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Religion as a spiritual bank

To: alt.paranormal.spells.hexes.magic,alt.magick.tyagi,talk.religion.misc,alt.religion
From: catherine yronwode 
Subject: Re: Religion as a spiritual bank
Date: Tue, 11 Jul 2000 20:26:47 GMT

Kendar Deltos wrote:
> ... my explanation of how religion is like spiritual banking.
> If you are a member of a religion, you put [in] all your extra 
> spiritual energy through praying.  When you need it, you use a 
> different prayer to take some energy back from this storing place.  
> The thing is, you are not the only one putting energy in, and all the 
> energy that gets put in is mixed together (so it may not come out 
> exactly the same.)  The benefit is that you can take out more
> than you already put in, if you need to.  That's the goal behind 
> religion, and the popular dogmatic viewpoint: keep enough energy in 
> the idea (god[s]/goddess[es]) to keep the spiritual bank open.
> If you leave religion, you take with you your surplus (what you   
> put in minus what you took out.) If you have no surplus, you will 
> probably feel like you owe something to the religion, and decide to 
> stay with it until you've paid off your spiritual debt.  That can 
> [also] be overcome without paying off (karma is not universal).  
> You can also never join worship of any sort (which in our society is
> unlikely). 
> Either way you end up being non-religious.
> Like the religious, the non-religious (NR) store their extra 
> spiritual energy in a sort of spiritual bank. The difference: 
> NR have full control of their personal spirit bank, they cannot 
> take out more than they put in, and it is easier for them to 
> create spiritual energy with just one or two friends.
> But if a NR person needs more energy than they have stored away, 
> they  have to look to NR companions. Such explains the strong 
> comraderie between atheists (the most common/well-known NR) where 
> they help each other reach higher levels, as opposed to the more 
> military support structure between the religious, where they
> can bring each other higher, but there is almost always a leader 
> in such activity (most commonly (afaik), elders are the leaders).
> I've been sitting on this theory for about a week waiting for a good 
> time/place to bring it up (it came to me in the shower, if anyone is 
> wondering.)  This seemed like the right one.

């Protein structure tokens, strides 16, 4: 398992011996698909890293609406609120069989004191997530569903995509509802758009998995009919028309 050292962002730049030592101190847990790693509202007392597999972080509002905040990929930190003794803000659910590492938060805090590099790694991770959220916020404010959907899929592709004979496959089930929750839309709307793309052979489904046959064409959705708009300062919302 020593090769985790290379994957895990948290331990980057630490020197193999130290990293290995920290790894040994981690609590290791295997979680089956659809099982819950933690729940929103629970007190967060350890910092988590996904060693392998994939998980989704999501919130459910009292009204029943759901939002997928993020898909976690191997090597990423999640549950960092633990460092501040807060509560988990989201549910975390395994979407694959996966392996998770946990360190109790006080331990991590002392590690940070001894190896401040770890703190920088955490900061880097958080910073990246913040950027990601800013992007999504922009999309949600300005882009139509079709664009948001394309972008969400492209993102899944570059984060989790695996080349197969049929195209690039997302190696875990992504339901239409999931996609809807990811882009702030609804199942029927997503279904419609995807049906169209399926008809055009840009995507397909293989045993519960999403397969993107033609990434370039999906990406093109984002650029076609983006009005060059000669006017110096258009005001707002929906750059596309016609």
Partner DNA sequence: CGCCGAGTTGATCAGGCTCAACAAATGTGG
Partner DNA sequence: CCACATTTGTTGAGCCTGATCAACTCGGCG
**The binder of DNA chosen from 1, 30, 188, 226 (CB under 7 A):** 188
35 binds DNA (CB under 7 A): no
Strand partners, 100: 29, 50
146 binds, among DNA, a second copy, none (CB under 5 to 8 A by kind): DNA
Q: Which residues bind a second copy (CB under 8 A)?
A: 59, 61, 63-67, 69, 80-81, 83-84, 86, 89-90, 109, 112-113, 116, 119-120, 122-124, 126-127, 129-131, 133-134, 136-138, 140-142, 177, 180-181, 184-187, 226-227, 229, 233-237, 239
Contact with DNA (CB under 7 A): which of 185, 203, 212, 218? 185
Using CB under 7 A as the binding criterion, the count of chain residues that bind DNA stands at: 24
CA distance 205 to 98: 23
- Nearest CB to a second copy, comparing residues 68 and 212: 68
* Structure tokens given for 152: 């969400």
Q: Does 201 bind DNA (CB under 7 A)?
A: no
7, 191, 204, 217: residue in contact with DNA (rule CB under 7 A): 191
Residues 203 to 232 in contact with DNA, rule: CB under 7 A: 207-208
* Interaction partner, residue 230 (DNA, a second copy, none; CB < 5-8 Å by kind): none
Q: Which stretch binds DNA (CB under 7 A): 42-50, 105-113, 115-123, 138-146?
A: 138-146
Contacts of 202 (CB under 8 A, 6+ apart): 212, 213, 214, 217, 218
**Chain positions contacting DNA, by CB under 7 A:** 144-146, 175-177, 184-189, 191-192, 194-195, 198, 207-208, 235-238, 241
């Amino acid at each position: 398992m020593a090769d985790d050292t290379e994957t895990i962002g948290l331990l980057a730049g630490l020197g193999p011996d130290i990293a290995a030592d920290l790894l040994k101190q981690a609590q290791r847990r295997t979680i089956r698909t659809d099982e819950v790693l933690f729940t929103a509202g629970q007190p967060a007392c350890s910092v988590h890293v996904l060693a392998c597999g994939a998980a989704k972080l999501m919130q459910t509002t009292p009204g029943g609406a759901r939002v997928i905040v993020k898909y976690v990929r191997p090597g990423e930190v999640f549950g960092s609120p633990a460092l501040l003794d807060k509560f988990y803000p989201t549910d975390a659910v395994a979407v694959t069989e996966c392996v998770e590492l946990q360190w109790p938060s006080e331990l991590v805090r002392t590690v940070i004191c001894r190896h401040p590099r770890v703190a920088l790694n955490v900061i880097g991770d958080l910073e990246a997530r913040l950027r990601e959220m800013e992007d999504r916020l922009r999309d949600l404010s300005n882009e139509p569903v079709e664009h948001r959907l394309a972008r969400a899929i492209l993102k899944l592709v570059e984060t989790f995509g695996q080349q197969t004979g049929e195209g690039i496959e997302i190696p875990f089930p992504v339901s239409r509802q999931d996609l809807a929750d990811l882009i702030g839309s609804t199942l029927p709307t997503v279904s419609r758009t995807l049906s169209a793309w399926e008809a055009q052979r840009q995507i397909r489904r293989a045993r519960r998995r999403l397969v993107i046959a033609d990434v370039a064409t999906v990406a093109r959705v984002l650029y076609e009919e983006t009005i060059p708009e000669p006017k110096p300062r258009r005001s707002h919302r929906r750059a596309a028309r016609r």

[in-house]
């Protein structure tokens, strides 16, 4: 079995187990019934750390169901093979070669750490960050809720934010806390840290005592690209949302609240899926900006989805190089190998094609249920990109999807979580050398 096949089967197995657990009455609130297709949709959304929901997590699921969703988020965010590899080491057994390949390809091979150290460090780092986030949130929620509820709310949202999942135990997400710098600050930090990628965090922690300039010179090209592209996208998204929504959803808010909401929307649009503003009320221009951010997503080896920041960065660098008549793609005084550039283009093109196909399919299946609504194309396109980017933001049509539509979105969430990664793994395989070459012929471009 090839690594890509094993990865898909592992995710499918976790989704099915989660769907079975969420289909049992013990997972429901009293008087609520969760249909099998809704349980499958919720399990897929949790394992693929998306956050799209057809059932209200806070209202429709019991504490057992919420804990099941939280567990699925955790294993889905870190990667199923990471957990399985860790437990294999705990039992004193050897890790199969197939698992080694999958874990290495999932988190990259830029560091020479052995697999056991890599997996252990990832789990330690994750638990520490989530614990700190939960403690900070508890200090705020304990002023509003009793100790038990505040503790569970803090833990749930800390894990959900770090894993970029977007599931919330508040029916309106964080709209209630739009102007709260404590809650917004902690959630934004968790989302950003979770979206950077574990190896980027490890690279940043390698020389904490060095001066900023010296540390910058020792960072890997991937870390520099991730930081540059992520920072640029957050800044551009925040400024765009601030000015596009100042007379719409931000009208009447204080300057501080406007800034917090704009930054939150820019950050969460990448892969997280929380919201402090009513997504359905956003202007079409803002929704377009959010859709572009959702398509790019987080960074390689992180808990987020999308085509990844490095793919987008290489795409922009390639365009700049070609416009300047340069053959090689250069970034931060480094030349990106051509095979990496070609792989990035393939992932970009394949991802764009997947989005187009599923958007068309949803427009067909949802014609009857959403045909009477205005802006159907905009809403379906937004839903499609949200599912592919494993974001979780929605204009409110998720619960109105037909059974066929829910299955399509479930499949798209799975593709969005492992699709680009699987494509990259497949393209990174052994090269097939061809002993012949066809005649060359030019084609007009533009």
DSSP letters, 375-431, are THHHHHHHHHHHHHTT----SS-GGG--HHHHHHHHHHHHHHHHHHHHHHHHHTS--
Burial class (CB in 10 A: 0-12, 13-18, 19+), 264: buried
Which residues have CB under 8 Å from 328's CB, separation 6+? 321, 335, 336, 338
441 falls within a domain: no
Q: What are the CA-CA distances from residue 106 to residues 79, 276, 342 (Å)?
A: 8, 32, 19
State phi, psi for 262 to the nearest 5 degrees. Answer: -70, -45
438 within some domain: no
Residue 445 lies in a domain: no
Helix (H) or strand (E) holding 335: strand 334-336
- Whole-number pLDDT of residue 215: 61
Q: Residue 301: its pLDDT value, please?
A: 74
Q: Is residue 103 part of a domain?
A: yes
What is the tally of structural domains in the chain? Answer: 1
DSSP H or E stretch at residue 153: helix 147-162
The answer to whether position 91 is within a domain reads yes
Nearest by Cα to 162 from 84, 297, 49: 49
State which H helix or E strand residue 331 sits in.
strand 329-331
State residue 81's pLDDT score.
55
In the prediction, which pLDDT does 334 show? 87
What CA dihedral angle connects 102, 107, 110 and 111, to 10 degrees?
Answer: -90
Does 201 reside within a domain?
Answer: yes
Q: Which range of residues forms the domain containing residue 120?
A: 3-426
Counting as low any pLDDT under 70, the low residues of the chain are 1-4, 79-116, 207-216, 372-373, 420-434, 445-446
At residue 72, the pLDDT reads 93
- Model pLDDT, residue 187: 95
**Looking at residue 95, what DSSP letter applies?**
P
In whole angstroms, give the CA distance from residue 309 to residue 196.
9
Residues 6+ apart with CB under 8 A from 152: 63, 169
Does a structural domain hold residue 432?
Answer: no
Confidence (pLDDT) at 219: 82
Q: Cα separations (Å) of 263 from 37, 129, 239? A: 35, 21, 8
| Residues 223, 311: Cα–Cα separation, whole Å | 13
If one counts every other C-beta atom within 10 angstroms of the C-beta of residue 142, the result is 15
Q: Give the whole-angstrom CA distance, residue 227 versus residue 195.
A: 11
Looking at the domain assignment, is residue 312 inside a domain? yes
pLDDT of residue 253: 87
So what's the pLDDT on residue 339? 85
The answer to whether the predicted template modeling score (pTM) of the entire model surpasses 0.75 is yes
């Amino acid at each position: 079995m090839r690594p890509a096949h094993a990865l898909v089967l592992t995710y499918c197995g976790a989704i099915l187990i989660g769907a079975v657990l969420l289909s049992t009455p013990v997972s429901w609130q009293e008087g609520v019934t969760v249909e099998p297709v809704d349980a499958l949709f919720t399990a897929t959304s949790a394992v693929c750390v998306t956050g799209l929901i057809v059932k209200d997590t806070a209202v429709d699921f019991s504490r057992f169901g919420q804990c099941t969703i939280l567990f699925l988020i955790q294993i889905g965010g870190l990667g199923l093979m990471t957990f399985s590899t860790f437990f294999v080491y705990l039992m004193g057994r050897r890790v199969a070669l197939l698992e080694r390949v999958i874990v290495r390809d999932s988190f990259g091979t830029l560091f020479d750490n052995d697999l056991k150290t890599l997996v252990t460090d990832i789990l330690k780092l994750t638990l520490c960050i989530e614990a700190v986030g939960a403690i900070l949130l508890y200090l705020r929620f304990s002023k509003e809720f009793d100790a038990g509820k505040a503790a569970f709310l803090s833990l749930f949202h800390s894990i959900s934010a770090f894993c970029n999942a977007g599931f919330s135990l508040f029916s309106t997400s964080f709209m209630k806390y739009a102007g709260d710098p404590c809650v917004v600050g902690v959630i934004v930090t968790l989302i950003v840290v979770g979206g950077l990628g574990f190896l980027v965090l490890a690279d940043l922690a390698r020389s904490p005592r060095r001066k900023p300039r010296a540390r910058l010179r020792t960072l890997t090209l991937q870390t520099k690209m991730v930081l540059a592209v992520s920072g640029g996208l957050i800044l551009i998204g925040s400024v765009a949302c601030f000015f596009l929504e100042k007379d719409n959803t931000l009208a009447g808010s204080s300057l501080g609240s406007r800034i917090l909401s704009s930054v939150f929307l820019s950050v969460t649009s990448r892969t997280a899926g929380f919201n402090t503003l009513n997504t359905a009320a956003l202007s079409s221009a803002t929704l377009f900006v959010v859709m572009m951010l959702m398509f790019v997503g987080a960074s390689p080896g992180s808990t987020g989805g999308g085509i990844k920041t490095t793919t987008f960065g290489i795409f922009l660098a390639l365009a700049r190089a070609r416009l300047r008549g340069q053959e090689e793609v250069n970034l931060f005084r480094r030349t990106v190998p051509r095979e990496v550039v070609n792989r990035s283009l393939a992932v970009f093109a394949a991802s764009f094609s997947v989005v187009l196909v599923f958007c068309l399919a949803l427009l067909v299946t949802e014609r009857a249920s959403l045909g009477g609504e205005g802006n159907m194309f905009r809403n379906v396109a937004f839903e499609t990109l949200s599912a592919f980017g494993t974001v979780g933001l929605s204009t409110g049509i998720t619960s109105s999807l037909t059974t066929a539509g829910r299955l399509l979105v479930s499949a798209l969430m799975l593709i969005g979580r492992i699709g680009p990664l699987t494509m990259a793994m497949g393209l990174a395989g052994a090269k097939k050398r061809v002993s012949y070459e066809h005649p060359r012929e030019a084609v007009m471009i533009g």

> --Entari

It's a great metaphor, Kendar. Unless i am mistaken, the form of bank
you describe is a credit union or an old-fashioned savings-and-loan
(before deregulation) -- a bank where the total assets consist of the
deposits of the members, against which some members can borrow in times
of need. 

The Frank Capra movie "It's a Wonderful Life," starring James Stewart 
and Donna Reed, describes exactly this type of bank, in which no outside
investments are made and all the interest on deposits is derived from
interest paid by lenders, with only a small handling fee taken by the
employees and administrators of the bank. The movie is also -- no
coincidence, i believe -- a highly religious one, in which it is
demonstrated, first through positive and then through negative example,
that the welfare of the small town is linked directly both to the
services provided by the local savings bank and to the townspeoples'
faith in deity. 

The speech that Jimmy Stewart gives when there is a "run" on the bank
during the financial crisis of 1932 (in which he explains that there is
no actual money in the bank -- "it's all in your neighbors' houses") is
a classic statement of how such savings banks operate and it could also
function as a sermon on religion according to your metaphorical model.
Likewise, the famous "Auld Lang Syne" scene at the end of the movie
describes both a financial transaction, as the townspeople contribute
their excess nickles and dimes to save the bank, and a religious 
transaction, as their spiritual love (agape) restores Stewart's faith in

cat yronwode 

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